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HP Software's community for IT leaders // September 2014
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Field notes: How analytics leaders thrive

Smart companies are developing strategies to deal with a tool proliferation, talent shortages, and making Big Data investments pay off.

The bottom line

Tools: It’s about the portfolio, not a single, one-size-fits-all tool.
Talent: Grow data science skills internally.
Tactics: Pick high-value projects and align results to the bottom line.
Trouble spots: Increasingly, the bottleneck isn’t the technology, but the human processes.
More: Read about the latest iteration of Vertica’s analytics platform: Dragline.

When Big Data hit the big time, hardly anyone was prepared—not the enterprise CEO, not the CIO, and not vendors selling data tools. Enterprises are stuck trying to navigate constant change and a proliferation of tools and strategies.


Walt Maguire
To find out how enterprises are coping, we spoke with Walt Maguire, chief field technologist for HP Vertica. Maguire spends his time on the ground, getting close to the IT leaders who are knitting tools and human processes into a modern Big Data analytics practice. These days, he says, the biggest challenge isn’t getting tools that can do the job—it’s finding the talent. Maguire, whose first role with Vertica was as an engineer helping to build it, says the most successful enterprises are working hard to develop Agile processes and are thinking about their data technology requirements as a portfolio.

Q: How has the Big Data wave impacted the vendor marketplace?

Walt Maguire: We have data coming from devices that simply didn’t exist 20 years ago. It’s also coming from things that existed but weren’t writing data, like dishwashers and refrigerators. When the web first came out, I wasn’t producing a clickstream of information about my demographics and psychographic behaviors.  

This explosion of data blindsided entire industries on the vendor side. They had developed an entire ecosystem based on a pricing and revenue model that simply didn’t work once we reached those new volumes. That caused a lot of churn on the tool and vendor side, and has driven tool proliferation.

Q: From an enterprise perspective, how do you move forward with so much uncertainty in the marketplace?

WM: First, you have to be realistic. It’s highly unlikely that you’ll begin a project knowing exactly what the end state needs to be. I often recommend taking your Big Data/analytics/data science team—whatever you’re going to name it—and setting up their development process with an Agile-like methodology. Create sprints with goals, and at the end of each sprint, stop and take stock of where you ended up. Then plan the next sprint, and so on.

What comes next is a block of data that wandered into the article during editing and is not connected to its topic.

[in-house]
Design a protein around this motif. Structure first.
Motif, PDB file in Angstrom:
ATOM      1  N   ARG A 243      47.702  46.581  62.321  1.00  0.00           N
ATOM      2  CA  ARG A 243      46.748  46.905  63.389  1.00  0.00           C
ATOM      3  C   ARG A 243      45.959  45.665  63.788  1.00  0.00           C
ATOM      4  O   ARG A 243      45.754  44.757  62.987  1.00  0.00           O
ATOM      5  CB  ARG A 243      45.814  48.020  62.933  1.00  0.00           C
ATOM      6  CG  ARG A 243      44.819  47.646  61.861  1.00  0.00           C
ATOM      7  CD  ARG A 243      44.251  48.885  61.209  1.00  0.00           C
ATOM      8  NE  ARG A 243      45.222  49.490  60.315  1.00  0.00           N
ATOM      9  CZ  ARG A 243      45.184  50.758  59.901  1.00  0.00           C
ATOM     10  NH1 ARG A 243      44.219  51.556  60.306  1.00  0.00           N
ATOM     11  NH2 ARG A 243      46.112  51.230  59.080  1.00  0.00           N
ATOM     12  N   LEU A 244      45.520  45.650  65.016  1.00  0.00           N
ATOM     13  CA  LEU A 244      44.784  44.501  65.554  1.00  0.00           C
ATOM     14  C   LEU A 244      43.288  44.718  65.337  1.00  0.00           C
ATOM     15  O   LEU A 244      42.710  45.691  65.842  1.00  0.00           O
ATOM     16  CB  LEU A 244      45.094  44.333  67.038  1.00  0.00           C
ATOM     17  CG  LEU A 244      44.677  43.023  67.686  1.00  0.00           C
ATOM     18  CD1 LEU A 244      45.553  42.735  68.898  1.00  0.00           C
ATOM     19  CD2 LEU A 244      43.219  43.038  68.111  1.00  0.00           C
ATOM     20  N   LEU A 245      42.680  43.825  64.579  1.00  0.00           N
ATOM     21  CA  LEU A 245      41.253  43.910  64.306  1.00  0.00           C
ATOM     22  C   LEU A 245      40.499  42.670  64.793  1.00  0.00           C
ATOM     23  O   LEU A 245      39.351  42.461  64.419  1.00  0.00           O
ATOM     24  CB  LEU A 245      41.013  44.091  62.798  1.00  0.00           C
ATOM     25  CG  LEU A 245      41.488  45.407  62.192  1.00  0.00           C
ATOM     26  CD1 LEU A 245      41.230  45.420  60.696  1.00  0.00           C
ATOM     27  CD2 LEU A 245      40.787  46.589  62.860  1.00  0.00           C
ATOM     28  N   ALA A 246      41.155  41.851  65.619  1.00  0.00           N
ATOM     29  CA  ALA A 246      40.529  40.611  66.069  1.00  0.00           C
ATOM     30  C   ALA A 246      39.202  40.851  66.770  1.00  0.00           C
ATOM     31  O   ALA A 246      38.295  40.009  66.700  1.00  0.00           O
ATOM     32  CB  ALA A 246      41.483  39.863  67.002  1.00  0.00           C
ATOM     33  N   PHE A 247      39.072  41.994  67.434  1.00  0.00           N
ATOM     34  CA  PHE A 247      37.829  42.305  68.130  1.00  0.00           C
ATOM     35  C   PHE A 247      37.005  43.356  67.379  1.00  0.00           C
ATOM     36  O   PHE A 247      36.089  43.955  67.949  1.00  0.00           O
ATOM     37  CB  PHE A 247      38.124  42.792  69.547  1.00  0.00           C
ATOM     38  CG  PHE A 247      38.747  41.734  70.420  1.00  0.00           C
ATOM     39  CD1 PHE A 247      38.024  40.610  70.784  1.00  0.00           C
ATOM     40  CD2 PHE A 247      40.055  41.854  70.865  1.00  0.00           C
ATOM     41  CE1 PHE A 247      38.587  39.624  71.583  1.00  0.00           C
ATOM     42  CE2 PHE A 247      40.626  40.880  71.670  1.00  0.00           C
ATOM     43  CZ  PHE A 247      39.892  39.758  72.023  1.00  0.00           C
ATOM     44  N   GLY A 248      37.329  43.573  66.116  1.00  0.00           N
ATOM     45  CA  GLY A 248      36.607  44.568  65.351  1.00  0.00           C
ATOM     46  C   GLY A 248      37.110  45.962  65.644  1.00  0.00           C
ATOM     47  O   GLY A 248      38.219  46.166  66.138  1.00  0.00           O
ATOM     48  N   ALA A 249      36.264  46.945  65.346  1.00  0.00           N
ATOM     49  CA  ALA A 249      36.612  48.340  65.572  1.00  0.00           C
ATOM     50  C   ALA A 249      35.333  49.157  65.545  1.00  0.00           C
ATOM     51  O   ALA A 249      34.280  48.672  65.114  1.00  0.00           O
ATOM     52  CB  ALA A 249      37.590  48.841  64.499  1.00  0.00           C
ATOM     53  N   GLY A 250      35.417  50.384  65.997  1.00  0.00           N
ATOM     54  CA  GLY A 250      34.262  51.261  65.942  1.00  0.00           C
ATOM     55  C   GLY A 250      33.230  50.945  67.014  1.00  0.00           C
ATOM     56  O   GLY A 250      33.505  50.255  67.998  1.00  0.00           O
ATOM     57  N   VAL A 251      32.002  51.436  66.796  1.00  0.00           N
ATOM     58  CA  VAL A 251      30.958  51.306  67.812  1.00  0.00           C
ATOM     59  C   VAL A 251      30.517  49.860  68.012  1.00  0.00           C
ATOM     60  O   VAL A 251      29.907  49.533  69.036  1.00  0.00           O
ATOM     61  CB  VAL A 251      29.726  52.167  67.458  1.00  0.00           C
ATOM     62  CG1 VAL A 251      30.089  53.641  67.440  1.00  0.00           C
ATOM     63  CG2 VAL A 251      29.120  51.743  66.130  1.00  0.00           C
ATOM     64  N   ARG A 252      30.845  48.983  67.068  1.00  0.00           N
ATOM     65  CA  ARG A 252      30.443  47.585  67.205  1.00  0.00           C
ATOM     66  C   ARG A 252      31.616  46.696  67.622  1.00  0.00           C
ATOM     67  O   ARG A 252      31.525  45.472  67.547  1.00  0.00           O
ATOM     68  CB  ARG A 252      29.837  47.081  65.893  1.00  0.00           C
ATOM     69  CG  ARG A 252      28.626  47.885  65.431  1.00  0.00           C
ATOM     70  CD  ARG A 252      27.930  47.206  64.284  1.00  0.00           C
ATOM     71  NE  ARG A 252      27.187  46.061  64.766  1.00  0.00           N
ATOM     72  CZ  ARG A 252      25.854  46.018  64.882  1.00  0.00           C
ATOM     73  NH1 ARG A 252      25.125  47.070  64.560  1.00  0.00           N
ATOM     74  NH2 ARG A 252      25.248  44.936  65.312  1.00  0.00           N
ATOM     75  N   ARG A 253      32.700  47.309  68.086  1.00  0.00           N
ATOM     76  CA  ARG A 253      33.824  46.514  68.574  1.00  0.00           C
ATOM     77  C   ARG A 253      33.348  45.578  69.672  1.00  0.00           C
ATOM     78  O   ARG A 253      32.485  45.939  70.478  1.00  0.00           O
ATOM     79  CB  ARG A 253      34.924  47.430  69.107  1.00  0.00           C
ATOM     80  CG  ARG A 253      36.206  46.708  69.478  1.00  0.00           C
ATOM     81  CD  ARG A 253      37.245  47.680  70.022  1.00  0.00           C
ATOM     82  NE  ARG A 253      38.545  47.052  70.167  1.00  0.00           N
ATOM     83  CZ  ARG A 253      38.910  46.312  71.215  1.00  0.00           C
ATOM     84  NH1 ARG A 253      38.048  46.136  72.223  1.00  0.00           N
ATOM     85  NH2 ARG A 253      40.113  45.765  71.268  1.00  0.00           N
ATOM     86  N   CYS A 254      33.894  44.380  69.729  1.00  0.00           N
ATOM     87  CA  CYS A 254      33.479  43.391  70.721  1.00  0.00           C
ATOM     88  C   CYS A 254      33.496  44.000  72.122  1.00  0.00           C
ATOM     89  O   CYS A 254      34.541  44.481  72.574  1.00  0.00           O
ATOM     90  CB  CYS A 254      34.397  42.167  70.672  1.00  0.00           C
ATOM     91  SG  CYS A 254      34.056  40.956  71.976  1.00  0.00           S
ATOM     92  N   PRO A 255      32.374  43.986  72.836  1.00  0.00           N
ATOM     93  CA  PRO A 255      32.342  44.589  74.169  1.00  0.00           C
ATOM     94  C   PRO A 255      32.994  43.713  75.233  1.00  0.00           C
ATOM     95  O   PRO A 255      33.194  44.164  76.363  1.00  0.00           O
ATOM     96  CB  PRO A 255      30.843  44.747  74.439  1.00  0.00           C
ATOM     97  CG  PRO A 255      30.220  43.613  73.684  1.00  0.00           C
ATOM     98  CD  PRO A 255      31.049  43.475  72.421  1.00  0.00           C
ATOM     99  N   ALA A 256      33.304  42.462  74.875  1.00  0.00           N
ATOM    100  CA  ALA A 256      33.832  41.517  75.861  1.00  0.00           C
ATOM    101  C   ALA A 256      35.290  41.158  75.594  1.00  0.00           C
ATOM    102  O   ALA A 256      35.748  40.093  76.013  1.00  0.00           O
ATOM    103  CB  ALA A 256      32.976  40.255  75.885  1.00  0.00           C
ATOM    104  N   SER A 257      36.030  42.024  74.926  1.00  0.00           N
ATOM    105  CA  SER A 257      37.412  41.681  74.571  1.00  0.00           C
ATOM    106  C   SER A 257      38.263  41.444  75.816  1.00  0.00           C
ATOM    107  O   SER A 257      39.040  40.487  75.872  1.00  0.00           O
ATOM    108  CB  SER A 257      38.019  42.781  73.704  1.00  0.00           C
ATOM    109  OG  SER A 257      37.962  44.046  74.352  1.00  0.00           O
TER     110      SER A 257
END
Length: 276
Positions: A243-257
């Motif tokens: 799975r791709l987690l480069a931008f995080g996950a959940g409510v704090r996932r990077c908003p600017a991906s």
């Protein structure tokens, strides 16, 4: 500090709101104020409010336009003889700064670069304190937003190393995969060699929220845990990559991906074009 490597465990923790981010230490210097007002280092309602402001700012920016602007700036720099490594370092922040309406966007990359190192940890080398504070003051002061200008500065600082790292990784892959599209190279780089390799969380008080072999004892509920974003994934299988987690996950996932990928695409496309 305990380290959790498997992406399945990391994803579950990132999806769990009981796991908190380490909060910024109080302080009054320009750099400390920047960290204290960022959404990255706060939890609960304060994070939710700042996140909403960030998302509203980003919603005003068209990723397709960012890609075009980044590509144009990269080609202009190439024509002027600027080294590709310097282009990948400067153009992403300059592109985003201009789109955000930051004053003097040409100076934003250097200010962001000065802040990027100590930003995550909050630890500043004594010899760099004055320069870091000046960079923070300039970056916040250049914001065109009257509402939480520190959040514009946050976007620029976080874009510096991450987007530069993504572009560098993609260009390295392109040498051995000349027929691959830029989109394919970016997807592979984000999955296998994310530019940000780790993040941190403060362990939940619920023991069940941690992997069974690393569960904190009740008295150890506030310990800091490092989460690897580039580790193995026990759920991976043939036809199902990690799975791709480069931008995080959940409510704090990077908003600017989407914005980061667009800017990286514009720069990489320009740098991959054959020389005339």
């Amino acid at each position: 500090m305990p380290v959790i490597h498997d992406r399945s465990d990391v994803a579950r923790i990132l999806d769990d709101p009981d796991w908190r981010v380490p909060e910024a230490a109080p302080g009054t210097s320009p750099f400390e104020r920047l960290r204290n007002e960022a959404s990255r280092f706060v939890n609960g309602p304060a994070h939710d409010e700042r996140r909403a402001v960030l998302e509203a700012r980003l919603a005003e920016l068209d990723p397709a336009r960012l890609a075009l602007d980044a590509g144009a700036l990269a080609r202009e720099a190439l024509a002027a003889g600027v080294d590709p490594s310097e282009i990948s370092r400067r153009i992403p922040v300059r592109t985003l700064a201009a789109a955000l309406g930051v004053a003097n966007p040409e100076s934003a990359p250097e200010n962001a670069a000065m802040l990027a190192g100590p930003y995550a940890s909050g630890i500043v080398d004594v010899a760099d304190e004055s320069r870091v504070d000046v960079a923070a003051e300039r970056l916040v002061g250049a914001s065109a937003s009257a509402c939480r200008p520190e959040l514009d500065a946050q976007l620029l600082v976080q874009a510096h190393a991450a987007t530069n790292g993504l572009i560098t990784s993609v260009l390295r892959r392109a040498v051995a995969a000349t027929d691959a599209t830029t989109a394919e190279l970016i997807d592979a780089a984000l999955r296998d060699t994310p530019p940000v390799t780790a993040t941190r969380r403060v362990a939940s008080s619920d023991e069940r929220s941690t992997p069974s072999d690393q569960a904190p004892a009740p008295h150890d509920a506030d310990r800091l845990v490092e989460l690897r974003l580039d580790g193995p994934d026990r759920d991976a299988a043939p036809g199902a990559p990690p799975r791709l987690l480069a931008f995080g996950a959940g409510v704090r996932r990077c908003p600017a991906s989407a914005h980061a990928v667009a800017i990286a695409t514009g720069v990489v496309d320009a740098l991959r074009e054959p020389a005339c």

But you have to choose technology that you can actually work with in that way. Some things that you can buy will have no instrumentation, like buying a 747 that doesn’t have a cockpit. There are others that don’t scale so well, and there’s a lot of stuff in between. So cautiously picking a toolset that aligns with Agile methodology and the skill sets in your organization is very important to success. Also, it’s beginning to dawn on people that no single tool is going to solve all their problems. They’re beginning to understand that they really need a portfolio.

Q: What’s the most effective design for a data science team?

WM: Today we’re seeing analytics teams or individuals embedded in the business units—as well as infrastructure and data science people—and their job is to advance that capability in line with the business as it moves forward. It’s changing the IT delivery model.

Q: How does adding an embedded analytics team change workflows for the better?

WM: Twenty years ago, if you wanted a report from IT, turnaround time was measured in weeks or months. That’s not a workable model. Analytics is a highly iterative process: I ask one question of the data, and realize from the answer that I need to ask a different question or get different data—in other words, to refine my thinking. Making those cycles go fast is key to advancing the insight. By embedding those people in those units, you typically get much faster answers.